After 3 articles in which we have brought together the benefits and added value that its assets and services can offer Basque SMEs in the field of digital finishing, we put an end to the month of Intelligent and Connected Machines node with this article, which includes the opinion of its coordinator.
Rafa has a degree in Industrial Engineering from the University of Navarra, and has spent his entire working career at IDEKO, one of the most important technology centres in the Basque Country’s ecosystem, specialized in advanced manufacturing and with a strong European presence. He held the position of Director of Mechanical Engineering for almost 13 years, later becoming Director of Research and Technological Development, a position he has held since 2009 and which he combines with that of coordinator of the Intelligent and Connected Machines node of the BDIH. During his almost 25 years of experience in the sector, Rafa has been able to learn first-hand what the main needs of industrial companies are and how they evolve, and how the implementation of new technologies can contribute to improving their processes.
In this article, Rafa will show us the solutions that this node can provide to Basque industrial SMEs to improve their grinding processes, and will help us to better understand why this is such a relevant process and one to which companies should pay special attention.
As emphasized in the article introducing the node, the digital grinding process is particularly critical for manufacturing companies. Rafa assures us that this “is due to the fact that it is a process that meets particularly demanding requirements and characteristics”, since, in the first place, “it is a finishing process with very narrow geometric and surface quality tolerances, due to the high demand and responsibility under which the ground components will ultimately work in their functional life: precise movements, high speeds, wear, friction…”, on the other hand, Rafa tells us that “it is usually the last manufacturing process, which together with the narrow tolerances makes any error in grinding difficult to recover, the error leads to rejected parts, with consequences in costs, efficiency and waste generation”. This, makes it “technologically one of the most complex material removal processes, due to the removal mechanism, the contact geometry and the kinematics and dynamics of the diamond-wheel-worker-machine interaction, making obtaining the correct process and optimizing it particularly complex”.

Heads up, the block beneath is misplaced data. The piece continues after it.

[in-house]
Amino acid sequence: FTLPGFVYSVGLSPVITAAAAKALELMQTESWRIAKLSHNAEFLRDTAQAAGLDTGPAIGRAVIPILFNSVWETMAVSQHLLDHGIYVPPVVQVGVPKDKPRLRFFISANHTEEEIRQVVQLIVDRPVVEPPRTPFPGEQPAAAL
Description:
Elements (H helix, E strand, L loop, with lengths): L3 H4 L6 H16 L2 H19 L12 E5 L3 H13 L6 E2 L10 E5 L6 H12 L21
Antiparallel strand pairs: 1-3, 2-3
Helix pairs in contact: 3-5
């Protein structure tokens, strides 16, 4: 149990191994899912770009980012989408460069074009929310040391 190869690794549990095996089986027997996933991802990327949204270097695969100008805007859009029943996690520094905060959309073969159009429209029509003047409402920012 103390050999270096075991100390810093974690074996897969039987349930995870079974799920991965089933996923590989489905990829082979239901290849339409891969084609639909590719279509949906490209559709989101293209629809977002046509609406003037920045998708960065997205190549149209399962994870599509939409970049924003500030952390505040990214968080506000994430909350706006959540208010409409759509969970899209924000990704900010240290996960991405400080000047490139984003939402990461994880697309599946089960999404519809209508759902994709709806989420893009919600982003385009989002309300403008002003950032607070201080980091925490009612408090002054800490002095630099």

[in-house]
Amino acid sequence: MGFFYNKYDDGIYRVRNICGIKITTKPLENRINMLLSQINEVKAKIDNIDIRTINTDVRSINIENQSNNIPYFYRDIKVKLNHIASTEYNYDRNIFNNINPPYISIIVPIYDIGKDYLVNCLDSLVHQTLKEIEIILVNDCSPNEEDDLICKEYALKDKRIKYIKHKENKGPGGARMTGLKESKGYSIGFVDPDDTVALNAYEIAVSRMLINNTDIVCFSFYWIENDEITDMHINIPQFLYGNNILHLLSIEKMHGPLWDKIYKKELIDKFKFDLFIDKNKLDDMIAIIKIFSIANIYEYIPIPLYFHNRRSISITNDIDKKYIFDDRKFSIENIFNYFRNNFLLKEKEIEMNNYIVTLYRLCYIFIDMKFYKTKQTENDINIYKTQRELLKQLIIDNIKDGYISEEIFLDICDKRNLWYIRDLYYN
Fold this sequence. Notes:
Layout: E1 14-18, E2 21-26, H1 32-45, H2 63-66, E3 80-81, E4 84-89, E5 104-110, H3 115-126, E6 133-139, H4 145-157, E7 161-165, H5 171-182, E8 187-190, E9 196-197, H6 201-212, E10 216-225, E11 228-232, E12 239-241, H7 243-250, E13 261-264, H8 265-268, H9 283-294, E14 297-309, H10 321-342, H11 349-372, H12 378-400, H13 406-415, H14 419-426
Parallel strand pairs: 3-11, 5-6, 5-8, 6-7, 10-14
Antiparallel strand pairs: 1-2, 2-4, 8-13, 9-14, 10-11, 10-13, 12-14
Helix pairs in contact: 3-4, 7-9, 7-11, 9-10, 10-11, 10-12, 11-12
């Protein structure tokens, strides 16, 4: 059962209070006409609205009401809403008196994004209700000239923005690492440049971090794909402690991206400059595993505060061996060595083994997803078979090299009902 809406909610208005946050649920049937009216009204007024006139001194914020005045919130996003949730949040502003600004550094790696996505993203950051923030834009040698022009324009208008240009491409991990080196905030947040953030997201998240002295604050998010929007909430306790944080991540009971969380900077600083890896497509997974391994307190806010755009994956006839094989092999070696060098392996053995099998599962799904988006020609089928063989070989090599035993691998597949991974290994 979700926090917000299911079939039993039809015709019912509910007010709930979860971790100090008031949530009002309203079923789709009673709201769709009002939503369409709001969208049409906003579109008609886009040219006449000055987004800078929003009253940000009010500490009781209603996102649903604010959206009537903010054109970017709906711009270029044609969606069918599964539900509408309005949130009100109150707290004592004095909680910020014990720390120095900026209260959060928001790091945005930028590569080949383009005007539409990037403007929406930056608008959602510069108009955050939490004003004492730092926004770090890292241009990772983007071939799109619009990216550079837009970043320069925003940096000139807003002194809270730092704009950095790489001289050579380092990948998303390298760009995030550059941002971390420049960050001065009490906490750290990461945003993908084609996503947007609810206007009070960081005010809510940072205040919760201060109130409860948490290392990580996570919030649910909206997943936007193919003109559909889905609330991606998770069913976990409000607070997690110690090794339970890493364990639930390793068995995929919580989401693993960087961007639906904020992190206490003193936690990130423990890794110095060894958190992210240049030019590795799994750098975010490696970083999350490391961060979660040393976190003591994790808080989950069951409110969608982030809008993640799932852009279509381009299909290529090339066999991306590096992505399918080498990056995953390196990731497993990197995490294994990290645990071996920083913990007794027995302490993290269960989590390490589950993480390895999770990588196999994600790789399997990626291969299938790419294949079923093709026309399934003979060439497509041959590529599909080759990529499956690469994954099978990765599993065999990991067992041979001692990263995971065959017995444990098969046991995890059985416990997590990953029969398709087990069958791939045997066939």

In this sense, the equipment, services and assets offered by the node contribute to the improvement of factors that play a crucial role in the development of industrial activity, such as integrity, reliability, quality and productivity. The digital grinding process also takes on special importance in sectors producing parts with responsibility and added value, as mentioned above. Automotive, aeronautics, optics, precision mechanics and electronics, are sectors that integrate elements with precision among their components,
One of the main problems in the field of grinding are the surface defects generated during the process and which lead to the rejection of the parts, the most common being the “lead error” or propeller error, and the “waviness” or surface undulation. At this point the node coordinator is emphatic: “This surface defectology, not being the only one that occurs in grinding, is perhaps the most complex to resolve, because it is the most complex to characterize and identify the sources, which may be several and usually a combination of them. The identification of the sources and the resolution of the problem without losing the productivity ratio are challenges faced by both machine manufacturers and, especially, users in their production processes”.